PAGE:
Wylie Whiteaker, the manager at a bar in Conway, Arkansas, prefers a bar cart that saves space. “Take up less space with tools and you’ll have more space for that hard-to-pronounce liqueur you love to use,” he says. “For me, that means two things: A bar spoon with a simple muddler attached to it and a cobbler shaker. With these two pieces, you have your jigger, strainer, muddler, shaker, and spoon with the least amount of real estate needed and a maxed-out number of cocktails you can make.”
When it comes to filling your cart, it’s easy to get overwhelmed by the different liquor and liqueur options available. Start by choosing the base spirits you love and use frequently—once those are set, you can add specialty ingredients and liqueurs that provide opportunities for versatility and experimentation. “As far as base spirits go, I think every home bar should have a whiskey (I like Elijah Craig Bourbon or a standard rye like Rittenhouse), a gin (I’m a big fan of Dorothy Parker gin from New York Distilling Company), and tequila (or mezcal, my preference),” Moyer says.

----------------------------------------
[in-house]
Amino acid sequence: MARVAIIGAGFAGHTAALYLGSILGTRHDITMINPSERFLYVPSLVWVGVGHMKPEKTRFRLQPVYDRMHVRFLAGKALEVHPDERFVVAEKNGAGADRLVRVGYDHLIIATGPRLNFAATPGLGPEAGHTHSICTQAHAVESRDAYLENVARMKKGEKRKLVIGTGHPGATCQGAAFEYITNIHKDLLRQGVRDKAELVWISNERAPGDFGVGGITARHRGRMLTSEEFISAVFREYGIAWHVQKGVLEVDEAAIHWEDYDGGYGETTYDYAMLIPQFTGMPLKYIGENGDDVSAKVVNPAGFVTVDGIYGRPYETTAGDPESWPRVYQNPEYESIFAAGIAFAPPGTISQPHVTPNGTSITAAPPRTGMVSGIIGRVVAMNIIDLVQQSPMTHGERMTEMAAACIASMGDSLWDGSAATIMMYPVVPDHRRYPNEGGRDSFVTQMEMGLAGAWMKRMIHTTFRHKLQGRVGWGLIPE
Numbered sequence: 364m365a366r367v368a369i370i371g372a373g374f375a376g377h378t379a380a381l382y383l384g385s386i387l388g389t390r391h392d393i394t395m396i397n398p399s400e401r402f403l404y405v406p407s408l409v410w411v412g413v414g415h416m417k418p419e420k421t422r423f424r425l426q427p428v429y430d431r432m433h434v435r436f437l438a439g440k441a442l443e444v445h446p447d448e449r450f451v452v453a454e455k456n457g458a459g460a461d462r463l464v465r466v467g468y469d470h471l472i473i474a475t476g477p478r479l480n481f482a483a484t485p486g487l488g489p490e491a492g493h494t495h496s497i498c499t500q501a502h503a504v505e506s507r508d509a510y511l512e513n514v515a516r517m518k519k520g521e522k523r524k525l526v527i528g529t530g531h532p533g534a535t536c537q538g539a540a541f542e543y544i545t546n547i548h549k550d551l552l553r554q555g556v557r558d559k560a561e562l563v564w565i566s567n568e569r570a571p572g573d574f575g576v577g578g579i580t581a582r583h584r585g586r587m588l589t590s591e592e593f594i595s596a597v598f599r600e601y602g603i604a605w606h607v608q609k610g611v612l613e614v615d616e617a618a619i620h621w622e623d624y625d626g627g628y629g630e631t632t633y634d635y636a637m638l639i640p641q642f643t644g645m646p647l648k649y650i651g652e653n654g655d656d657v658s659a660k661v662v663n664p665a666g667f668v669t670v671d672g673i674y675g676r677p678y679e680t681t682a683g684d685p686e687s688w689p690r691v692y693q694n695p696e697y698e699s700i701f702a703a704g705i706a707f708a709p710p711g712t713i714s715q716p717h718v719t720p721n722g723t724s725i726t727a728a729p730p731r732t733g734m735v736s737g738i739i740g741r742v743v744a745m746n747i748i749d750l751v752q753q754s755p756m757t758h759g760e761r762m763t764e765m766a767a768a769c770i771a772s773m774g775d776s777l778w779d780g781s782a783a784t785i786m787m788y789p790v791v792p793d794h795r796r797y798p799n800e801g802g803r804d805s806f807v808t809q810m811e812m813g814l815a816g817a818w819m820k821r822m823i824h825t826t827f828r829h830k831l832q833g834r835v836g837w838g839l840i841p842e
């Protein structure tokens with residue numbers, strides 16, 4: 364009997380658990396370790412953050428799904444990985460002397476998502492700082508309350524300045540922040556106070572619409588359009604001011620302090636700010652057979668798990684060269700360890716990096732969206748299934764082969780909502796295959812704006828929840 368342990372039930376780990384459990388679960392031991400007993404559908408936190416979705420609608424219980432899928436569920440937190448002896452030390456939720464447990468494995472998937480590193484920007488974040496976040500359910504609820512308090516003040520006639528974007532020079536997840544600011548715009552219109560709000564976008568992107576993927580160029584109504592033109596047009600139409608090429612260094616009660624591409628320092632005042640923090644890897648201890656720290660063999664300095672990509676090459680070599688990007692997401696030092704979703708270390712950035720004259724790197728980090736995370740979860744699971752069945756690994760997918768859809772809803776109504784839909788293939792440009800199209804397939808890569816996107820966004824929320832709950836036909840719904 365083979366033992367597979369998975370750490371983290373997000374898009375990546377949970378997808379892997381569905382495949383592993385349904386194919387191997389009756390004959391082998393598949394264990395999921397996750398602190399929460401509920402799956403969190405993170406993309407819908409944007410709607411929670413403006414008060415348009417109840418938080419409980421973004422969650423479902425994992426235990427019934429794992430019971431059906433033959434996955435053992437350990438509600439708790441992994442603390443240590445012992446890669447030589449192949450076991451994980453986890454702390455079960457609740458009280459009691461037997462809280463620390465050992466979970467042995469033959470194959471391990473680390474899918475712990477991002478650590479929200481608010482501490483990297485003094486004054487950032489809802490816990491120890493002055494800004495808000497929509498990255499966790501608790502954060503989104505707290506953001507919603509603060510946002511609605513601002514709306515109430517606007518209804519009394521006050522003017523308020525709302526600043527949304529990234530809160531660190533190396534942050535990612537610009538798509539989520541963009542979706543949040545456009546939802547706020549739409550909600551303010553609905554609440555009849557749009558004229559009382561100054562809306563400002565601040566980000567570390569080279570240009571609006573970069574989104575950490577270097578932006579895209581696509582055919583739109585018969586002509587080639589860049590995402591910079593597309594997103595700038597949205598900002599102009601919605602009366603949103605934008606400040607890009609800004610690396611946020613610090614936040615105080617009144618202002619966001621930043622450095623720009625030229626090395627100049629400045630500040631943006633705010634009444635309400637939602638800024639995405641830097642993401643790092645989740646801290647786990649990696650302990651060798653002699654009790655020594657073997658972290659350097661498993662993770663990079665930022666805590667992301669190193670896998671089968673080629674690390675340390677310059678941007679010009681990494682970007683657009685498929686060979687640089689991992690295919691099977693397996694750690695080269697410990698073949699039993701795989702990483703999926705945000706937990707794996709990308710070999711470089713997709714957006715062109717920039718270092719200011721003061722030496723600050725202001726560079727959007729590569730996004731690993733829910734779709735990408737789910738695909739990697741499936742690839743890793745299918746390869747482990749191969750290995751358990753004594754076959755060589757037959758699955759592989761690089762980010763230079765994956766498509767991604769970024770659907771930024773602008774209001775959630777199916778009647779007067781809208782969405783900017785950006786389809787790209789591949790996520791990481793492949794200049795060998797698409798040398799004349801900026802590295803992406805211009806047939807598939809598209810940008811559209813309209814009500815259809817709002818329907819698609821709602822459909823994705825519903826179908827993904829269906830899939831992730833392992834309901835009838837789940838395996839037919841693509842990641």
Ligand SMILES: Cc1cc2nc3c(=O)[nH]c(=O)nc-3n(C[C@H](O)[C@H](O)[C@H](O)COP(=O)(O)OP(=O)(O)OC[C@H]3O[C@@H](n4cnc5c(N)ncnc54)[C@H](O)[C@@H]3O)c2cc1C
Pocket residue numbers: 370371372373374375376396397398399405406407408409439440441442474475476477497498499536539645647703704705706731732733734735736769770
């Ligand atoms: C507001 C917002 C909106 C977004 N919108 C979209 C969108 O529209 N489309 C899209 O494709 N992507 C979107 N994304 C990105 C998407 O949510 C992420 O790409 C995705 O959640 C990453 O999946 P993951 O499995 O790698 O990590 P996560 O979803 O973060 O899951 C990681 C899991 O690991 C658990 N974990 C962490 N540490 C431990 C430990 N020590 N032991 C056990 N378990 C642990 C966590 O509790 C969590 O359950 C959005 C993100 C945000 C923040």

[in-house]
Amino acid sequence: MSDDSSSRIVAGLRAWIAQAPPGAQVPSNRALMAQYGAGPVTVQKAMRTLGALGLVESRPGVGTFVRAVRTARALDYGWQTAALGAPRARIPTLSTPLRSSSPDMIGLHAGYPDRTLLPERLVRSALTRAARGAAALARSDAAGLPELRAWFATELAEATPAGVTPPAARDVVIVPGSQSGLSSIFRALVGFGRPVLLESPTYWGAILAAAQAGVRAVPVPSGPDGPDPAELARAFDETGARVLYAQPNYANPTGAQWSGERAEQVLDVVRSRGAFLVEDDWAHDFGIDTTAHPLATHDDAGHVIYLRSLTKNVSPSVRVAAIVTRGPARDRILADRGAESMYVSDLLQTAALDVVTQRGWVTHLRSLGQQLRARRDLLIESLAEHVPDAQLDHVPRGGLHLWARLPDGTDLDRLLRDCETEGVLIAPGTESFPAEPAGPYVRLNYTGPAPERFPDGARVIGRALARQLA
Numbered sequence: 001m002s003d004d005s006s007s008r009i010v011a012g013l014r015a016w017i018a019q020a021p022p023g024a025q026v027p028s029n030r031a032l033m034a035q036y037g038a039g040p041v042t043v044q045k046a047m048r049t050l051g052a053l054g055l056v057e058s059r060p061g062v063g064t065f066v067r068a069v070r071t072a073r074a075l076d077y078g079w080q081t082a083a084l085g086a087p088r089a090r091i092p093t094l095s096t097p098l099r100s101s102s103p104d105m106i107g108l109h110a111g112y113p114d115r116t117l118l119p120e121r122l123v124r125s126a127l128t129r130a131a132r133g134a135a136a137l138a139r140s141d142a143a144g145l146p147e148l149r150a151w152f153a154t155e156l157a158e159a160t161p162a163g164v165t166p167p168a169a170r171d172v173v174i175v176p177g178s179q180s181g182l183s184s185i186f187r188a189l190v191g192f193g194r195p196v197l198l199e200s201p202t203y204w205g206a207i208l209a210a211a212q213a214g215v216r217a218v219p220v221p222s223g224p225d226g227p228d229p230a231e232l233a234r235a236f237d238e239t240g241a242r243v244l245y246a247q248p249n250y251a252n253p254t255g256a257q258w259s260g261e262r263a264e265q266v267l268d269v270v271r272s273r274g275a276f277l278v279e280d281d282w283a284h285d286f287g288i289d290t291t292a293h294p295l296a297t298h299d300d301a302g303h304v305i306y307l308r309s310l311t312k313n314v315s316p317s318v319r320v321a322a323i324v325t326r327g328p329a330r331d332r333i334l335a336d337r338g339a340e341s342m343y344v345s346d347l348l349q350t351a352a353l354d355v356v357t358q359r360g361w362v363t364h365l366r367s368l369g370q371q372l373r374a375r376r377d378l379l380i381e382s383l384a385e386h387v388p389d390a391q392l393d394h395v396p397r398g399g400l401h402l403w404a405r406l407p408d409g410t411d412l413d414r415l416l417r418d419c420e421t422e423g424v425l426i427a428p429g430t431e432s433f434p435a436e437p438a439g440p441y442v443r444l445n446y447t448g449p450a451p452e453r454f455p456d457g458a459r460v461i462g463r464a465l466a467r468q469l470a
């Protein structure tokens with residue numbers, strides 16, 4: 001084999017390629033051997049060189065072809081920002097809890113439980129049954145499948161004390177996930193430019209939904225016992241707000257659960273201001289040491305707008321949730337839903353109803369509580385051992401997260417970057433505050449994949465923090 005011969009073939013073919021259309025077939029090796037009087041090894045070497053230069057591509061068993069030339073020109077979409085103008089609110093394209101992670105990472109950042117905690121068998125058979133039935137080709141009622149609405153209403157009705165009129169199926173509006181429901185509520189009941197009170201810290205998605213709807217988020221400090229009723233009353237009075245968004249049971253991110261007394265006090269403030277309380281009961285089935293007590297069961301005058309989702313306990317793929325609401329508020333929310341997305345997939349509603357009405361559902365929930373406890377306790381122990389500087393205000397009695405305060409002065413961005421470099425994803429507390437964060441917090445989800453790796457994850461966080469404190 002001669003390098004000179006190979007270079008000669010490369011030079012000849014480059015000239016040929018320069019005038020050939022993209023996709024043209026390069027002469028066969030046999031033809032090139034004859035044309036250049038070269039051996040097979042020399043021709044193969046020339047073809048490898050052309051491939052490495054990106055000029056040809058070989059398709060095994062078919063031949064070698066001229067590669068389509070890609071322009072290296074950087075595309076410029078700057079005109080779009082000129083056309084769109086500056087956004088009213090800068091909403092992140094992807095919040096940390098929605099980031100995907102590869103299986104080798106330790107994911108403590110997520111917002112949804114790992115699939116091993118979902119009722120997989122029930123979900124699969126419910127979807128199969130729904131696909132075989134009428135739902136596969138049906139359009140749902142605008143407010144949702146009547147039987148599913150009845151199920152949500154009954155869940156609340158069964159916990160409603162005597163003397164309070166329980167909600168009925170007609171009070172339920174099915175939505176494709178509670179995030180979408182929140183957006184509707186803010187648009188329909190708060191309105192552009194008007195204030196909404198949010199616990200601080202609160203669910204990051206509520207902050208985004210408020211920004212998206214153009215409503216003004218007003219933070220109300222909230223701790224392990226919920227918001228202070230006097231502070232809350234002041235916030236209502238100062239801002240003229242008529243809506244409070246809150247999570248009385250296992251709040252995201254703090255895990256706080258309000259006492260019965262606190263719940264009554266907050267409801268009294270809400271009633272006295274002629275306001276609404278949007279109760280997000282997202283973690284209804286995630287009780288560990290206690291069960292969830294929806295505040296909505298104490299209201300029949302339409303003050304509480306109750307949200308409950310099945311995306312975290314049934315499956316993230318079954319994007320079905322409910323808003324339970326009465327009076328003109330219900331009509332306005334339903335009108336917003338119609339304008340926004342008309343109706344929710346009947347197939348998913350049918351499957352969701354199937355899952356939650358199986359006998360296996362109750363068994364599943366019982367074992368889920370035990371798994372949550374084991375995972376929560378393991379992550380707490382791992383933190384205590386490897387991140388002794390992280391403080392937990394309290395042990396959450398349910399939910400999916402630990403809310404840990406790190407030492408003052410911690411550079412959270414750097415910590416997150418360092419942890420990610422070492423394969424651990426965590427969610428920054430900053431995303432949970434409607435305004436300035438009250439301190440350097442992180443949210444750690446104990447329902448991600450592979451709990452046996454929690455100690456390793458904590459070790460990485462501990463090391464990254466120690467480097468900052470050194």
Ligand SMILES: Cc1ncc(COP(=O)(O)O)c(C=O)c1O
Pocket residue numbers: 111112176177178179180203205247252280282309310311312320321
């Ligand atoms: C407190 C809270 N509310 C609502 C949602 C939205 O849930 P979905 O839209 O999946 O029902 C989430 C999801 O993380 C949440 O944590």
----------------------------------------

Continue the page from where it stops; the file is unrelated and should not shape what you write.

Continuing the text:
As far as base spirits go, I think every home bar should have a whiskey, a gin, and tequila (or mezcal, my preference).
Now that your bar tools and spirits are sorted, it’s time to move into specialty goods like syrups, bitters, sugars, and garnishes. “Angostura bitters, sweet vermouth, Campari, an orange liqueur like Cointreau, and then maybe some simple syrup and club soda are very important if you want a variety of cocktail options,” Moyer says. If you like the idea of having simple syrup or a shrub on hand—syrups being only sweet (made from equal parts sugar and water, and sometimes including fruits or herbs) and shrubs being both sweet and acidic (typically made from sugar, vinegar, fruits, and aromatics)—you can buy pre-made options or create your own. Dominick Walker, a bartender in Queens, New York, says he makes his own simple syrups at home but buys bottled shrubs to make things easier. He also always has three different bitters on hand: aromatic, orange, and chocolate. “You don’t just have to use them in cocktails,” he says. “Add a couple of dashes of Angostura’s aromatic bitters to soda water and it can help an upset stomach or mild nausea.”